Bruce T. Anderson, Department of Geography and Environment, Boston University
Renellys Perez, University of Miami/Cooperative Institute of Marine and Atmospheric Studies, NOAA
Katia Oleinik, Scientific Computing and Visualization, Boston University
The El Niño/Southern Oscillation (ENSO)—which represents a coupled mode of ocean/atmosphere variability in the equatorial Pacific—imposes wide-spread changes to regional climates, with significant physical, biological, and socio-economic impacts in both hemispheres of the globe. Evidence from high-resolution observationally-constrained ocean data suggest that warm ENSO events (El Niños) can be initiated by modifications to the sub-surface equatorial Pacific Ocean temperatures in response to a weakening of central Pacific trade winds induced by northern hemisphere sea-level pressure variations. To ascertain the importance of anomalous atmospheric forcing in generating the surface and sub-surface temperature evolution of the ocean, the wind-stress and heat flux anomaly fields during the middle of Boreal winter are composited for years with negative sea-level pressuresover Hawaii. These anomaly fields are then used to force a high-resolution dynamical ocean model centered on the equatorial Pacific basin, using a ramp-up/ramp-down technique in which the full forcing fields are added to the climatological fields and persisted for the period December-March. The ocean model is then allowed to evolve over the next 3 months in an unforced mode.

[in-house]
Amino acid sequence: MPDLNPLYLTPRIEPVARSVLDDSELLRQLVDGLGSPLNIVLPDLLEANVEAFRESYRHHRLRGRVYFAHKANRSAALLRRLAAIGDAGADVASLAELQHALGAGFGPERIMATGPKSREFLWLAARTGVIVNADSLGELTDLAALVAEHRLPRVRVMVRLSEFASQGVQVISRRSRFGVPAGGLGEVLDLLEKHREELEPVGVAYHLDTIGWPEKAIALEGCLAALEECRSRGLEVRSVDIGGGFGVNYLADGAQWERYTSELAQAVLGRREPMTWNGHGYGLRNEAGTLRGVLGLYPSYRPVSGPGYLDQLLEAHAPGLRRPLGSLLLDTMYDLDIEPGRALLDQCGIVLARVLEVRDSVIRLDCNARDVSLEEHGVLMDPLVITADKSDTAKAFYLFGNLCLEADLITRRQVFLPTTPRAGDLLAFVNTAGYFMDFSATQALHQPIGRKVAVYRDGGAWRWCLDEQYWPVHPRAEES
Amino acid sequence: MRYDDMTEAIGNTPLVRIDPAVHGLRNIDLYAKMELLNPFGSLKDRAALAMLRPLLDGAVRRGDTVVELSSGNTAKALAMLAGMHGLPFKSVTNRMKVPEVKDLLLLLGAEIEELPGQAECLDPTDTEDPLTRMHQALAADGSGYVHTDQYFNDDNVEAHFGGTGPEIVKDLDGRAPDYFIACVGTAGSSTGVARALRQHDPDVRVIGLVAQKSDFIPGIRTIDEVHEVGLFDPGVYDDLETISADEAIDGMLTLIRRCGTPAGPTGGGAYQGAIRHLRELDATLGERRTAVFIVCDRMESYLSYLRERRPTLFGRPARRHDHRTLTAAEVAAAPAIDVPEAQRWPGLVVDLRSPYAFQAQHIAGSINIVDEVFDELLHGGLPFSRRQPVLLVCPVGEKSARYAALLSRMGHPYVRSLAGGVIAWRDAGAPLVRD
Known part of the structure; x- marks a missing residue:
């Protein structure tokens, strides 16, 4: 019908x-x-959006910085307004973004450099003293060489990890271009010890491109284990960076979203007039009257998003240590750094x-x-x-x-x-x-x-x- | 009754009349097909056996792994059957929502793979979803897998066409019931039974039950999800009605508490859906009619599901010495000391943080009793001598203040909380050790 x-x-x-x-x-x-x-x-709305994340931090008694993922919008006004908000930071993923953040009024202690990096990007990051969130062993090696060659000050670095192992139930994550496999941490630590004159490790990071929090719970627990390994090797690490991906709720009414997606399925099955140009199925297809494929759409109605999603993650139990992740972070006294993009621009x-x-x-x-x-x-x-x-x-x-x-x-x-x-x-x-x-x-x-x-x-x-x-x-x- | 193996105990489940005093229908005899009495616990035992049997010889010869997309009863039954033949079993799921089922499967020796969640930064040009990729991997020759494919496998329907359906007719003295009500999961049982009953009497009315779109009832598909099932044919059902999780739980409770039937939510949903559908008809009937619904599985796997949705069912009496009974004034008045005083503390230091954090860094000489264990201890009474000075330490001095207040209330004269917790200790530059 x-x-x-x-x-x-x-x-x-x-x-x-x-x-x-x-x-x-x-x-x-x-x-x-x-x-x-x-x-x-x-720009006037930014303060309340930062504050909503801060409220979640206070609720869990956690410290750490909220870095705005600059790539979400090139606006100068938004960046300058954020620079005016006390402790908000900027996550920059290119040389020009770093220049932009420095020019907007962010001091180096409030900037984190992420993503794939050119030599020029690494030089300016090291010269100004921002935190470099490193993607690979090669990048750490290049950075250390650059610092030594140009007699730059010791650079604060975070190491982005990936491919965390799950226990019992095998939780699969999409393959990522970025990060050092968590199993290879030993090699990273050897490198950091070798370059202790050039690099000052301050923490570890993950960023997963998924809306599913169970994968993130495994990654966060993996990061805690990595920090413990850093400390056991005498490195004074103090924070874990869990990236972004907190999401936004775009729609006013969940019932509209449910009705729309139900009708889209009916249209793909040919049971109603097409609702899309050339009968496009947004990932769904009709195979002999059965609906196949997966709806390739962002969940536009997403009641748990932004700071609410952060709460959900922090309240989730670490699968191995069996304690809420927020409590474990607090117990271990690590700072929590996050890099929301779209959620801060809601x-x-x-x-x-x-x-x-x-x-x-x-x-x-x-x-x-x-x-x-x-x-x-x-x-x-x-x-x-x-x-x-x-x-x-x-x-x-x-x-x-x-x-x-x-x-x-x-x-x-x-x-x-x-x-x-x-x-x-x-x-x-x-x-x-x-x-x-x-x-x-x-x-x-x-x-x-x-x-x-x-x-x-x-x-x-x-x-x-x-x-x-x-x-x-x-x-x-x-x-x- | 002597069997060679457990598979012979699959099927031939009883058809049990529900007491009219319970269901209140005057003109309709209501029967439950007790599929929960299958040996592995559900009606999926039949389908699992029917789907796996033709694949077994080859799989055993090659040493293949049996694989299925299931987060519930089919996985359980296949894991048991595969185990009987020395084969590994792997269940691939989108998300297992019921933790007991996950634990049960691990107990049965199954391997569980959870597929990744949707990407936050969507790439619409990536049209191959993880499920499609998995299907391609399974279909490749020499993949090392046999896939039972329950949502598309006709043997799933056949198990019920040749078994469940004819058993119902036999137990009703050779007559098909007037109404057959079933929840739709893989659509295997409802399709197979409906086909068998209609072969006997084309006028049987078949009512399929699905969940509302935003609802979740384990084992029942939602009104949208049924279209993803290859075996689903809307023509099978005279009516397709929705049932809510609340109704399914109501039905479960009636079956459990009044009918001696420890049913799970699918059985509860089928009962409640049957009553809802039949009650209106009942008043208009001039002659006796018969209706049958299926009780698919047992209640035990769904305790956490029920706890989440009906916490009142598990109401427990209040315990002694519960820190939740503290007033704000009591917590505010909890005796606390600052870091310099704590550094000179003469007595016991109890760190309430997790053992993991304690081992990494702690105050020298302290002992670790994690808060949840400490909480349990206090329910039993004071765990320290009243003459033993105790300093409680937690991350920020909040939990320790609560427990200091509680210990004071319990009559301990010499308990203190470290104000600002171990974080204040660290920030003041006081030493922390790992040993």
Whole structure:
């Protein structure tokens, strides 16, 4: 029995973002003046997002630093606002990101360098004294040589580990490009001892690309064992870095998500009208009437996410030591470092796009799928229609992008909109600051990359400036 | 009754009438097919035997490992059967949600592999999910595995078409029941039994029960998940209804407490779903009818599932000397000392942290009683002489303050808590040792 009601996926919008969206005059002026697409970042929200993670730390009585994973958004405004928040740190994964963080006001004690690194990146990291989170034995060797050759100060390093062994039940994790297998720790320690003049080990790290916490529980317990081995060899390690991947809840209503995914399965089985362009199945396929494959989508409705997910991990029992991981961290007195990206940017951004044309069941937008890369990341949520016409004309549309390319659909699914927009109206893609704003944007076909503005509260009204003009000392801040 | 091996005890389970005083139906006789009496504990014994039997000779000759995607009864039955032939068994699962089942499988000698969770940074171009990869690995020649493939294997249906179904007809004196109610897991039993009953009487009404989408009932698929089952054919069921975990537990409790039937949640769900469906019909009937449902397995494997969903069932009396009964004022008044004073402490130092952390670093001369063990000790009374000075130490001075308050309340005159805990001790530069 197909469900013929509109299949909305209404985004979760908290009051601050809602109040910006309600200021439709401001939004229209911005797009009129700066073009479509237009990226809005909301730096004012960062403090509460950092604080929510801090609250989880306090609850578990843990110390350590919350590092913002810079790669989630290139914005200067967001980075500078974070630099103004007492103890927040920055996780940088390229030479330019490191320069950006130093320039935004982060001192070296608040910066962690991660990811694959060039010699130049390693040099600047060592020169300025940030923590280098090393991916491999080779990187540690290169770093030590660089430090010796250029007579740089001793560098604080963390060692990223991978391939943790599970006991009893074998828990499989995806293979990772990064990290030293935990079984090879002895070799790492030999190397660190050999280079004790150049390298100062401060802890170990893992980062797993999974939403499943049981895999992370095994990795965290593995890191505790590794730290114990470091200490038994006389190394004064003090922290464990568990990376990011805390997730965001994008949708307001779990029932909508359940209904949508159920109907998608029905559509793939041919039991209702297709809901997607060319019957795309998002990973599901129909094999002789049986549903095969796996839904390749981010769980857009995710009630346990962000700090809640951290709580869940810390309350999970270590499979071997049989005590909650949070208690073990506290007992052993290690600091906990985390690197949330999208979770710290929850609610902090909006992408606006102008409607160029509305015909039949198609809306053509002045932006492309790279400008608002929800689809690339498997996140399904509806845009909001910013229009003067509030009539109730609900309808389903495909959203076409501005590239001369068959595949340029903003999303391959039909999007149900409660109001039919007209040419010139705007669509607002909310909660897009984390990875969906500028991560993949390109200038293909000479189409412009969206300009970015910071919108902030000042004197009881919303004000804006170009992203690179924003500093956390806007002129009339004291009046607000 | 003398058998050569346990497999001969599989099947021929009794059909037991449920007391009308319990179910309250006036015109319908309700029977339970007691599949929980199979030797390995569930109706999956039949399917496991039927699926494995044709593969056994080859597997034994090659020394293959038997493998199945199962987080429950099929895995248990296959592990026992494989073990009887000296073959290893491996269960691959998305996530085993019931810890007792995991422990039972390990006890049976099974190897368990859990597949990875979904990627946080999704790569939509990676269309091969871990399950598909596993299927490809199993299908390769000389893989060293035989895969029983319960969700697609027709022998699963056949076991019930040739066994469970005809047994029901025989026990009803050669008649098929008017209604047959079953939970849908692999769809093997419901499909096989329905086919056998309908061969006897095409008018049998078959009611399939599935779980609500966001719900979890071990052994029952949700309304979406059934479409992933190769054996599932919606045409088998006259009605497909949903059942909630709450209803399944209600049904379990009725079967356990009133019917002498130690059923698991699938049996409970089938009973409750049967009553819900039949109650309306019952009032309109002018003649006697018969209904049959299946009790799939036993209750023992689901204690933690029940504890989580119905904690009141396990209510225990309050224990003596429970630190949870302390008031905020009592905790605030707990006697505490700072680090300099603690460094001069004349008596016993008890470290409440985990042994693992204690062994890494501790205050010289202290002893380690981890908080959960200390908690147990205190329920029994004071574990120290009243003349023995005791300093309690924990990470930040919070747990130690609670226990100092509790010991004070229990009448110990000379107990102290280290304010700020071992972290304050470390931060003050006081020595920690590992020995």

In response to the imposed forcing, sub-surface temperature anomalies first develop along the offequatorial central North Pacific in mid-December. As these intensify, additional sub-surface anomalies form over the equatorial Pacific near the dateline, as well as in the off-equatorial central South Pacific. Subsequently, the equatorial and near-equatorial sub-surface temperature anomalies strengthen and propagate eastward along the thermocline, reaching the eastern equatorial Pacific by March 1, when they start to warm the surface waters. After the cessation of wind-stress and heat-flux forcing at the end of March, the sub-surface temperature anomalies in the central Pacific begin to dissipate, however their continued eastward propagation along the thermocline results in an intensification of the sea-surface temperature anomalies through May and June. Many of these features—including the initial sub-surface temperature anomalies in the western and central tropical Pacific and the subsequent emergence and intensification of surface temperature anomalies in the eastern equatorial Pacific—are found in the observationally-constrained ocean data as well. Overall, these findings highlight that extra-tropical atmospheric variability can initiate conditions leading to the onset and subsequent maturation of warm ENSO events up to twelve months later.